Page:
I finished college, got a masters degree, and moved to Houston to work in litigation. I wanted to get out of my small town where drugs were fluent, and go to a big city away from home. I got my life on track.
How did you switch from litigation to comedy?
The job I was in was good, it paid well, but I was very unhappy with the nine-to-five. I had been writing for a long time, so my friends encouraged me to do something with it. That’s where I found Twitter, and through Twitter I met a bunch of stand up comedians.
How did you pick Chicago of all places?
It was between New York, L.A., and Chicago. I visted all three of them, and I felt very comfortable here in Chicago—a feeling of comfort that I didn’t feel in New York or L.A.
What was it like leaving a secure career for comedy?
It’s weird because I had a nice house, a nice car, I had nice things, I cared about labels, and I had all these shoes… But, I got rid of everything I had until I could live out of just one suitcase. I donated most of what I owned to Goodwill and to a women’s shelter. I came to Chicago with just one suitcase, and I still own one suitcase. I’ve never been happier in my life with such little materialistic things.
What is it like being the manager of The Laugh Factory?
I’ve only been here a year, but I work five nights a week, ten shows a week. I’ve learned more about stand up comedy in this past year than I have from being a fan of comedy my whole life.
Best part about your job?
The best part of my job is seeing people grow. Seeing comics in the beginning stages, and every time they come back, they get better. It’s like seeing a child grow in a lot of ways. Knowing that I was there to see that, and that I in some way was a part of it. That is the best part of my job.
Worst part about your job?
I would say, dealing with audience members who don’t understand comedy. The people who aren’t here for the comedy or the comics; people who are just here to get drunk, talk, and be on their phone. That is the part I dislike the most. It’s because I have such a respect for stand up comedy, and I’ve always been a fan. It’s an art form that I don’t think the masses truly appreciate.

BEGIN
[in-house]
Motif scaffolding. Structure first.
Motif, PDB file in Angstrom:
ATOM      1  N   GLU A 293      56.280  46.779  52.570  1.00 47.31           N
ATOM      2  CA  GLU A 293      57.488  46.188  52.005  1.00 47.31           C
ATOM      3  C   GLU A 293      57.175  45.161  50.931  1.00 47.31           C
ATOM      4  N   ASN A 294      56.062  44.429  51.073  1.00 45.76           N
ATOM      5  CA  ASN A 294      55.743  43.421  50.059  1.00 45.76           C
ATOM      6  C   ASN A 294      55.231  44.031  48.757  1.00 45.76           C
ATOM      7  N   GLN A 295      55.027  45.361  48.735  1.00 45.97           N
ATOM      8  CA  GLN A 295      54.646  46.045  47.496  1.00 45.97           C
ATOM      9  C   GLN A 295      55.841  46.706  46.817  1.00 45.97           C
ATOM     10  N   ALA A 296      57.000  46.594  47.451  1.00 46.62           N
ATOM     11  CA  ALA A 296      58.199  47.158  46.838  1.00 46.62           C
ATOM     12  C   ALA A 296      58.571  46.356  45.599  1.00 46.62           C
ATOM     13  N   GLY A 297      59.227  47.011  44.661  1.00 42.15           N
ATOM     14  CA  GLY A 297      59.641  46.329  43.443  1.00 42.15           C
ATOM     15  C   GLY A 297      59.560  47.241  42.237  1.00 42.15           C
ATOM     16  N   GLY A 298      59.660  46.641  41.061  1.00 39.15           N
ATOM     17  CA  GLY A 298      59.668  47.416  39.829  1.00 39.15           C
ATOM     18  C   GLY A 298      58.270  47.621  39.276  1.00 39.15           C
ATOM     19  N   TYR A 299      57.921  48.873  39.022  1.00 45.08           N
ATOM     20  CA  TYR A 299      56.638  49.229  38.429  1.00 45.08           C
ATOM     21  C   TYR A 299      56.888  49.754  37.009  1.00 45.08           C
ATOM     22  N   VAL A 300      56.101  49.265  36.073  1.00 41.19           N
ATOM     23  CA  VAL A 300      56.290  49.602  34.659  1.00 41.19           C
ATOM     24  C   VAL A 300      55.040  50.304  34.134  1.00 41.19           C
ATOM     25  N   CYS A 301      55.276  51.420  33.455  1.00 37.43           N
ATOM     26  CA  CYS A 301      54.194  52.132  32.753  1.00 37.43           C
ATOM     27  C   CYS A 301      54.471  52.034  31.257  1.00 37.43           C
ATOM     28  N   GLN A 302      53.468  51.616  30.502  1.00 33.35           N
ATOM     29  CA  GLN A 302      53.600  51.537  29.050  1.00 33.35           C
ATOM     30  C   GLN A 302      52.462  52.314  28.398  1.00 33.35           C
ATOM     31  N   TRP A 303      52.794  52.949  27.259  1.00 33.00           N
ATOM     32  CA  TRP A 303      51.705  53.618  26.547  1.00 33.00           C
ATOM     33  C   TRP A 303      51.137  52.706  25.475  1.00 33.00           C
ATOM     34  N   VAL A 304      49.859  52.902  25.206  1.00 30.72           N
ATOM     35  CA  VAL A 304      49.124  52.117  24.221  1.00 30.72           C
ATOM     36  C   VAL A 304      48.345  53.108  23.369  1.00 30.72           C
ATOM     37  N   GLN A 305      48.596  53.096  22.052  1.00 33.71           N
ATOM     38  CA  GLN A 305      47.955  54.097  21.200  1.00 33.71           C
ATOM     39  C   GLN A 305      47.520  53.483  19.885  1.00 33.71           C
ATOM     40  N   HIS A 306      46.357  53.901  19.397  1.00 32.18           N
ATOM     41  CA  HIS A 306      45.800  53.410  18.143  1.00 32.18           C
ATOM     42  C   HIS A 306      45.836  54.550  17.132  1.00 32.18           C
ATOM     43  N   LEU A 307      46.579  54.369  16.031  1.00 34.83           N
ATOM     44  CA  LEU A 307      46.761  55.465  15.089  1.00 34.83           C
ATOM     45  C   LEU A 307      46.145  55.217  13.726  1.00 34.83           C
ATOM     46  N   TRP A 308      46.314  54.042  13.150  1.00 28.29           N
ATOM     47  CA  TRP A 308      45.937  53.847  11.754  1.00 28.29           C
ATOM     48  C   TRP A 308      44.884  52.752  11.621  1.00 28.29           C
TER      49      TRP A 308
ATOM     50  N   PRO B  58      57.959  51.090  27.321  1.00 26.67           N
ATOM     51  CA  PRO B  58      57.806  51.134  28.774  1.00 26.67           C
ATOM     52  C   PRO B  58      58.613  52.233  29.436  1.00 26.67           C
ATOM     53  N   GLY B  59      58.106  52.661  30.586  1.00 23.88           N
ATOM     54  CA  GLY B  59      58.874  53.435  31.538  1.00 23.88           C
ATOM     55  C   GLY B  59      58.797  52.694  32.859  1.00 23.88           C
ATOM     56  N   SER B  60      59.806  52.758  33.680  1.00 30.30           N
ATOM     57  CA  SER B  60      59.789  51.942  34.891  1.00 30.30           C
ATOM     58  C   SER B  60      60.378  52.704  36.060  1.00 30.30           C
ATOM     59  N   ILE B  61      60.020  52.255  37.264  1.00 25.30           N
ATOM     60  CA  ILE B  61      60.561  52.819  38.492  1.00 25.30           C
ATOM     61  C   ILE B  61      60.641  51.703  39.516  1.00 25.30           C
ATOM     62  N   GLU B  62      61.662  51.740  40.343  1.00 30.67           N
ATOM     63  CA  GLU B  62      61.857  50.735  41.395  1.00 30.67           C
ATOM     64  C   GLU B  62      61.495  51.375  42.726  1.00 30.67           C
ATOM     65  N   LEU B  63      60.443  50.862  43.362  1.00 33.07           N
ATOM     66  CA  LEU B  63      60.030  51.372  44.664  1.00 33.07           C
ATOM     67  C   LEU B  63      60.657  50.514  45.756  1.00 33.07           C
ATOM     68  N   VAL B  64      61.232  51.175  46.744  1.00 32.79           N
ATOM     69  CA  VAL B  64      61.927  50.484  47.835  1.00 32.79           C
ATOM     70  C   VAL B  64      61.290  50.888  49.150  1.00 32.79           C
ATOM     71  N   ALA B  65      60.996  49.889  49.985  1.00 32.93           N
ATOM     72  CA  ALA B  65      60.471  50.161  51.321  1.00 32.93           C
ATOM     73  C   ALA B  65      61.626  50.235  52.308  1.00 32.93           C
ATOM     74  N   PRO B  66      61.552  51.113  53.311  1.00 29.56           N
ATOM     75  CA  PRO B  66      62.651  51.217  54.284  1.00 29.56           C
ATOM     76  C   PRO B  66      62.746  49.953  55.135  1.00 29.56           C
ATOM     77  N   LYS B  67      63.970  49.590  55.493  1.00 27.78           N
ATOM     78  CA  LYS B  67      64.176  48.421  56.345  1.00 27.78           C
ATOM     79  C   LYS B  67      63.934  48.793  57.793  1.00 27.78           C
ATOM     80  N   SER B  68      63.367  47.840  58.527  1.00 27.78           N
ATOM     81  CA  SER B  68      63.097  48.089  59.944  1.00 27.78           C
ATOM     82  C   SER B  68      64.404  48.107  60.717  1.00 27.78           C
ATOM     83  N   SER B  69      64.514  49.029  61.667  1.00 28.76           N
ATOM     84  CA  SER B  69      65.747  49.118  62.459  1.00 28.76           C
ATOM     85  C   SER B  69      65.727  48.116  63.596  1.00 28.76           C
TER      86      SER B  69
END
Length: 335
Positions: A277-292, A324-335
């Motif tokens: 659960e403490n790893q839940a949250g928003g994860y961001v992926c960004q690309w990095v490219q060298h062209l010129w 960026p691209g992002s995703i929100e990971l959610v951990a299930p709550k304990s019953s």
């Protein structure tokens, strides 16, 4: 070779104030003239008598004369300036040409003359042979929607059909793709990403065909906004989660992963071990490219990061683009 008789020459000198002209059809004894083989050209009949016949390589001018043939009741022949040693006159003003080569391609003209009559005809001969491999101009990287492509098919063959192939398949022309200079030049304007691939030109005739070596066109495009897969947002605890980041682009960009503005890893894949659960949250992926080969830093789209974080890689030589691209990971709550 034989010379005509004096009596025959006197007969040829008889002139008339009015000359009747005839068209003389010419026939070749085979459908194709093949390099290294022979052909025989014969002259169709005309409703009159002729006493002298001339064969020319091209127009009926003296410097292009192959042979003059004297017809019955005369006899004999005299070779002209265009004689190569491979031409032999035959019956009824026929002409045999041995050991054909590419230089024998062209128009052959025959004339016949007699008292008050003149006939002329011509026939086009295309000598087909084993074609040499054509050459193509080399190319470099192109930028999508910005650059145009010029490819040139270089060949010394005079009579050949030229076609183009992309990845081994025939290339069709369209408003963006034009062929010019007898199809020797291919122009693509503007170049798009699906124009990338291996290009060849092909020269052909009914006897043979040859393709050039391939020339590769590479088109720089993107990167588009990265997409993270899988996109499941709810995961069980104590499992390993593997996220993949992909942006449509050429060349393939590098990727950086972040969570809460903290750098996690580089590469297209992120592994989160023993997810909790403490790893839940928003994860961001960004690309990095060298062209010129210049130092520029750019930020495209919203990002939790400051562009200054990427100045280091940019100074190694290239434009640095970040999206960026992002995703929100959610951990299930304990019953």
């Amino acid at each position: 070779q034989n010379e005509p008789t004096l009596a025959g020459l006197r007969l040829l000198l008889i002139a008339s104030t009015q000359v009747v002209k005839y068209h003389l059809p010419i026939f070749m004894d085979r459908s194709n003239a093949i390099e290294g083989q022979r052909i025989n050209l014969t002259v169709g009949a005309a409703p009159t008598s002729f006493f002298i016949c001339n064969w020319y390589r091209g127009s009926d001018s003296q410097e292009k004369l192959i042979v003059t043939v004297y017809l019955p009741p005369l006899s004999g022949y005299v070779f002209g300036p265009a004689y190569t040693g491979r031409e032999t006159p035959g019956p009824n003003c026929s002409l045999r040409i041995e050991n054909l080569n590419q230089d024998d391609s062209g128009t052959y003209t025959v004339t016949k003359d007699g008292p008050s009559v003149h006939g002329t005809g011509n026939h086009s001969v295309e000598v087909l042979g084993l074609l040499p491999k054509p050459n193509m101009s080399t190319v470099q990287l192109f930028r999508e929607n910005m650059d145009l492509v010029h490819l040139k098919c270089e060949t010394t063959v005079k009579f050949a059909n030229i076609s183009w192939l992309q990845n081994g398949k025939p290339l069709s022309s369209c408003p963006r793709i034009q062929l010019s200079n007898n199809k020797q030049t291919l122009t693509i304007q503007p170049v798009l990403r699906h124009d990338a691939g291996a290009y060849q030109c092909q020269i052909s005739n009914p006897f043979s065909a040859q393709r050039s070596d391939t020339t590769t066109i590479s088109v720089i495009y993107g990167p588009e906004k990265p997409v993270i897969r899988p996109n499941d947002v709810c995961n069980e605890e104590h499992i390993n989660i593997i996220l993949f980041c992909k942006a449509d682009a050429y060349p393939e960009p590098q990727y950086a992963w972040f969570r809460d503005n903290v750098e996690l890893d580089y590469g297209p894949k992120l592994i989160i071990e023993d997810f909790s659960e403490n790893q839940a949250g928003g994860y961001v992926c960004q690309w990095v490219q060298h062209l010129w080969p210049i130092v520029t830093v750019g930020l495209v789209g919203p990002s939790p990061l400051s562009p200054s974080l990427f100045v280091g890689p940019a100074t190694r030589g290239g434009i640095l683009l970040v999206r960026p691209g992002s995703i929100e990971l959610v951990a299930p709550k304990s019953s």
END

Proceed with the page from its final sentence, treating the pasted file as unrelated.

Who decides on which comics to pass / showcase? The managers? Or just Jamie Masada?
Jamie is here about every couple weeks, he’s always flying in from L.A. But, we all work as a team. Which means, if a server in the showroom sees somebody who’s funny, we have a nightly log where all our employees say things like, “This person was really funny! Keep so ‘n so on your radar.” Everyone here is in comedy and the arts in some way and some capacity. So, everyone that works here is essentially part of the bigger picture.
Advice on doing well at The Laugh Factory open mic?
We don’t treat our open mic necessarily as an open mic—it’s a showcase. When you are here on our stage, you are showcasing. Also, respect the rules. That’s a pet peeve of mine: People who curse after we’ve asked you not to curse. We’ve asked you not to video tape. Obey by the rules. If you can stay within those limitations and you’re funny, then you’ve got something.
General rules of etiquette when hanging out at the Laugh Factory?
Always be friendly to the staff. Because here, it doesn’t matter if you’re a manager or a hostess or a busboy—everybody here is on the same playing field. That’s how we look at it. We all work as a team. If you come here to hang out, say “Hi” to the staff and introduce yourself. Let everybody know who you are. It’s not “schmoozing” it’s just being polite! [laughs]